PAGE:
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On connections between old and new work

I've been using the above photo in the Community Memoir/Public Art project as an example of suitable working material. It shows my brother and me in about 1968 or 1969, taking a bath in the only available place in the somewhat primitive miners' home where we lived with our Mum and our Grandparents. The way it would be used in the current project is to write a series of short, one sentence phrases suggested by it, sort of like memory-captions. Patty and I would then select the one that worked best with the photo, and in relation to the photos and texts of the other participants (that is, we don't want all the memories to be the same).

But in the last few years I've used fragments from the same photo again and again, at different sizes and resolutions, in prints on paper and artists' books, as I have done with lots of other photos:

And in thinking about this process, I thought again of a life-size sculpture I made four years ago based on my memory of bathing in the tin bathtub:
Called 'Coal Boy', I made the figure by building up layers of air-drying clay over a steel tube skeleton, then sealing it and painting it with white acrylic paint. Instead of putting water in the tub, which would erode the sculpture, I filled it with lumps of coal. So it has the somewhat comical associations of our family bath nights, together with the relation to my grandfather, who was a miner all his working life, and in whose bathroom-less and loo-less house we were all living, cheek by jowl, for four years after my father was killed.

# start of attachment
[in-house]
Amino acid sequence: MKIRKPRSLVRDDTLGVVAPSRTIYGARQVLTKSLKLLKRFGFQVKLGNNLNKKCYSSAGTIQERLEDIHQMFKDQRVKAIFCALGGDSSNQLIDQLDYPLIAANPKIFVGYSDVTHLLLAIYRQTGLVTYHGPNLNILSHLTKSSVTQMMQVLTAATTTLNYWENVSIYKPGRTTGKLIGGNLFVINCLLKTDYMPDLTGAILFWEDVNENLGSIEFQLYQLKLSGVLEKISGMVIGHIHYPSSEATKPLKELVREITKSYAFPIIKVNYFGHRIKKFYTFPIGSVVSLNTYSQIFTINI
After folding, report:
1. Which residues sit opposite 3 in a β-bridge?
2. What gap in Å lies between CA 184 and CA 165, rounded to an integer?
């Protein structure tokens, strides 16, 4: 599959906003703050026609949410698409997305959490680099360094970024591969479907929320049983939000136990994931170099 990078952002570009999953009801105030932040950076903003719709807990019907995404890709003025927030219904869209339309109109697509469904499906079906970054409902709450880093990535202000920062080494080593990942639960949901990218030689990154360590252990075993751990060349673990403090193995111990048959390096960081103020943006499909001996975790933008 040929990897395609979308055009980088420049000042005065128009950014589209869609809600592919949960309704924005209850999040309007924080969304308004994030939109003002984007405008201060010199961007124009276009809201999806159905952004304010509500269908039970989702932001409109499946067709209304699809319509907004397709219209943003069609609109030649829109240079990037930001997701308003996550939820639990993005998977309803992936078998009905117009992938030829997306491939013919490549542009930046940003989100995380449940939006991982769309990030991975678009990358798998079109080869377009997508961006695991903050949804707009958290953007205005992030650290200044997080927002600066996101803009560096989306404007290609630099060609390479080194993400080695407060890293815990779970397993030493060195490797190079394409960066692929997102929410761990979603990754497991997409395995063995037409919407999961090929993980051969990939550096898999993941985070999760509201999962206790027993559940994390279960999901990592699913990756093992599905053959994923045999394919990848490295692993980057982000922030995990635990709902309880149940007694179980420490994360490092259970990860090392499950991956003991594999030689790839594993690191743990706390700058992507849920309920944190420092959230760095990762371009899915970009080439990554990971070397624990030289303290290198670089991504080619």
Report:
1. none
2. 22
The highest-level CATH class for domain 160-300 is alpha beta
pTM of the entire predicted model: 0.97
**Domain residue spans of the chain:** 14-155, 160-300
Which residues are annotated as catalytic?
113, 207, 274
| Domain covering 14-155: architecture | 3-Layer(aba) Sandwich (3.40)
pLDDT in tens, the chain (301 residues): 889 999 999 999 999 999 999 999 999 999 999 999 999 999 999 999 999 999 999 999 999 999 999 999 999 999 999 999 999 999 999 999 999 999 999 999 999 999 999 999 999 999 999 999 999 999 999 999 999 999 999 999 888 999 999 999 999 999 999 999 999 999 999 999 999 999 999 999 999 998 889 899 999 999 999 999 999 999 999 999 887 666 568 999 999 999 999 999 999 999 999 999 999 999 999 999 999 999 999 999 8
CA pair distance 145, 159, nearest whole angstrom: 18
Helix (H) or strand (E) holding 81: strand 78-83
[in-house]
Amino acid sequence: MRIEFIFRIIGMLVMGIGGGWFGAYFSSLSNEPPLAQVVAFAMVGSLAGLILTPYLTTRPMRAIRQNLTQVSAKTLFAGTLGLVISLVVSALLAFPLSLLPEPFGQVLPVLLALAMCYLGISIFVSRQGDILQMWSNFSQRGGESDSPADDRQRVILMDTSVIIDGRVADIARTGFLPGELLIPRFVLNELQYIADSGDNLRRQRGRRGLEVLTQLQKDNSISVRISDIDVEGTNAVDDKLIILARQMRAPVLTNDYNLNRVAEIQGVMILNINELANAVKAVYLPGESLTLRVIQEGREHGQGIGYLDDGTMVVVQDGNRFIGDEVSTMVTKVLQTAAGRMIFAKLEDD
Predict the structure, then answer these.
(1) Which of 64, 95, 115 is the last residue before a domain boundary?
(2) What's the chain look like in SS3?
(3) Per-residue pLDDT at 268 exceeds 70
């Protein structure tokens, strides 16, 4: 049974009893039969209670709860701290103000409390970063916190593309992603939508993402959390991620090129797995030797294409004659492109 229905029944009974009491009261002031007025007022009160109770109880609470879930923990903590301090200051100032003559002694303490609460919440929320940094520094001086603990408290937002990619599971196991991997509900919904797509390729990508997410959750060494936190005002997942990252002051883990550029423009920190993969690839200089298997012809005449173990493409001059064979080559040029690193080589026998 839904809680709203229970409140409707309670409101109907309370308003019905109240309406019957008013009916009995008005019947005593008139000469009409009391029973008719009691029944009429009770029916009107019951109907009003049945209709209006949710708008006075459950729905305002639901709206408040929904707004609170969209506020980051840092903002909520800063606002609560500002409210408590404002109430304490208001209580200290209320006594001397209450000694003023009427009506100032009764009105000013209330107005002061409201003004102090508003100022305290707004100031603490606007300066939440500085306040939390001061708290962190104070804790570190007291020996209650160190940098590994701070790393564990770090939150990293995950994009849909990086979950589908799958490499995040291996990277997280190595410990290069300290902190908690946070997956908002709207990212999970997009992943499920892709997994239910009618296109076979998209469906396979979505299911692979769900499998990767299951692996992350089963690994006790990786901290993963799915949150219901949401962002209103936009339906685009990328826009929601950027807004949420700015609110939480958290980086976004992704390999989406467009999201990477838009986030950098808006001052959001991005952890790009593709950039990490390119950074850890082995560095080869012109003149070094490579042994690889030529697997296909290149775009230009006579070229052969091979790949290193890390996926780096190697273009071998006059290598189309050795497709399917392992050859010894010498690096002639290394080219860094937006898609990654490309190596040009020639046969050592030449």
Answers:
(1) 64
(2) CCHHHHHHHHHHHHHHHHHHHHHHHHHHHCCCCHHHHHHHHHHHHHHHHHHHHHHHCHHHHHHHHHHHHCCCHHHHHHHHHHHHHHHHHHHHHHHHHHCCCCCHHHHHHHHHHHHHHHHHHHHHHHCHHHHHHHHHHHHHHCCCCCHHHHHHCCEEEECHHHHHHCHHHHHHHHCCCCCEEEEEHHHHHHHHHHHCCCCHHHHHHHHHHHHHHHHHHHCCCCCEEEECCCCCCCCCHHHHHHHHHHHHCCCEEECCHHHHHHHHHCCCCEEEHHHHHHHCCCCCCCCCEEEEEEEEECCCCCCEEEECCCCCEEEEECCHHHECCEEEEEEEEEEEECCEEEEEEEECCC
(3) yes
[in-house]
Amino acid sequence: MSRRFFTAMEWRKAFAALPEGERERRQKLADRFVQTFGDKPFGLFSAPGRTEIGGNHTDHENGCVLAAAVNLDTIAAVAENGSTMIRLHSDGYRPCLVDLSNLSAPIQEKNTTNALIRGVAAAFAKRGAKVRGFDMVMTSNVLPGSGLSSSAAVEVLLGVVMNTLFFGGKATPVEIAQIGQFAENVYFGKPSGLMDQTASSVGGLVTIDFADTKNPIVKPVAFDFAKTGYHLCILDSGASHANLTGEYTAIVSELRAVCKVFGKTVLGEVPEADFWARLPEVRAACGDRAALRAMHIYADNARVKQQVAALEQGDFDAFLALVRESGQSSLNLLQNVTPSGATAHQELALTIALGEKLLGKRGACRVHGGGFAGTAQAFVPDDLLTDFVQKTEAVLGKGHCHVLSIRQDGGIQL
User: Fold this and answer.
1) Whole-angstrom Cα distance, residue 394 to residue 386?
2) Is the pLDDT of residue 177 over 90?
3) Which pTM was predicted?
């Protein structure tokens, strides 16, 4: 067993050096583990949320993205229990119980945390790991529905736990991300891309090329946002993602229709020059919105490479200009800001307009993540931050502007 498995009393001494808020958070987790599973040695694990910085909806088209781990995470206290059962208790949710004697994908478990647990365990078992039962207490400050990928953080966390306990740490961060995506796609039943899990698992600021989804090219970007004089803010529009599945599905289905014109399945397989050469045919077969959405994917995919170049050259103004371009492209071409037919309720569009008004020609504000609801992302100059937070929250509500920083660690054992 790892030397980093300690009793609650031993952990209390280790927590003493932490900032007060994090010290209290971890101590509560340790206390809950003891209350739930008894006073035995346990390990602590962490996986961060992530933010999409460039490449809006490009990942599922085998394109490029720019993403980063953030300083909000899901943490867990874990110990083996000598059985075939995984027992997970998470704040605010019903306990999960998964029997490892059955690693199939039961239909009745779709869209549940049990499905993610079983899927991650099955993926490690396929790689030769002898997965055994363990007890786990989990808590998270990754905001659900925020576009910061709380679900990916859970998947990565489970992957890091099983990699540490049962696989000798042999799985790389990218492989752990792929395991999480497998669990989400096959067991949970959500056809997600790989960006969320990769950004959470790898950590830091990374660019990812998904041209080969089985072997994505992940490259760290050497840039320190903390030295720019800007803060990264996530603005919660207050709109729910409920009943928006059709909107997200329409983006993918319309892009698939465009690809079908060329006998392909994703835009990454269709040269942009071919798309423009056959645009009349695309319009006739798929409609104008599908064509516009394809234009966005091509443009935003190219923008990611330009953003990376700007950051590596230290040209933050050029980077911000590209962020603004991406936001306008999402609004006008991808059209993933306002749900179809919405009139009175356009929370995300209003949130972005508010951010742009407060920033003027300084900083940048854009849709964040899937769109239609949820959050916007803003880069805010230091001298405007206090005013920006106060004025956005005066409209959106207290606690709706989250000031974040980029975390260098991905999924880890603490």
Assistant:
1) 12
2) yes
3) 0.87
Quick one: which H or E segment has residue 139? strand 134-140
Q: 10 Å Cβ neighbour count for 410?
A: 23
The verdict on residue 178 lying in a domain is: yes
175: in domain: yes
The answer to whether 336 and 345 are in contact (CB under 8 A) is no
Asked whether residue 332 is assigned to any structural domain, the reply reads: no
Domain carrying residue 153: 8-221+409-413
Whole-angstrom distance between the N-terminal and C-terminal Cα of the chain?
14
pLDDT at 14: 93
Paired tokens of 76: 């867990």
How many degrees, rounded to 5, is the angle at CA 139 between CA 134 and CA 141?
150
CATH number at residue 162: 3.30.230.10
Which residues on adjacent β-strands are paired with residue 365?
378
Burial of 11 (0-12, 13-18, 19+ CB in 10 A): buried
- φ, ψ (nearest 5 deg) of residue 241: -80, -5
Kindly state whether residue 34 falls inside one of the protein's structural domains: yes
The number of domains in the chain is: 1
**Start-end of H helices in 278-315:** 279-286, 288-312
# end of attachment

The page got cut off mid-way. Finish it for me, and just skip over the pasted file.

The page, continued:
I've been meaning to make another one of these, or even a series. But meanwhile, as I said, I've gone back to that image in different ways, and I suppose it's another version of the process of chewing over an artistic idea such as haystacks, lily ponds, or black squares, returning to it, trying it out in different ways and different media, to see whether there's a way of restating the phrase in a way that makes better sense, or a new sense. There's always the nagging feeling that I've left something out, and that by trying to say it in a slightly different way there will be some new aspect that will surprise me.

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  1. These landscapes of water and reflections have become an obsession. It's quite beyond my powers at my age, and yet I want to succeed in expressing what I feel. (Claude Monet)

    The cypresses are always occupying my thoughts. (Vincent van Gogh)

    An artist is a creature driven by demons. He doesn't know why they chose him and is usually too busy to wonder why. (William Faulkner)

    You are not alone.


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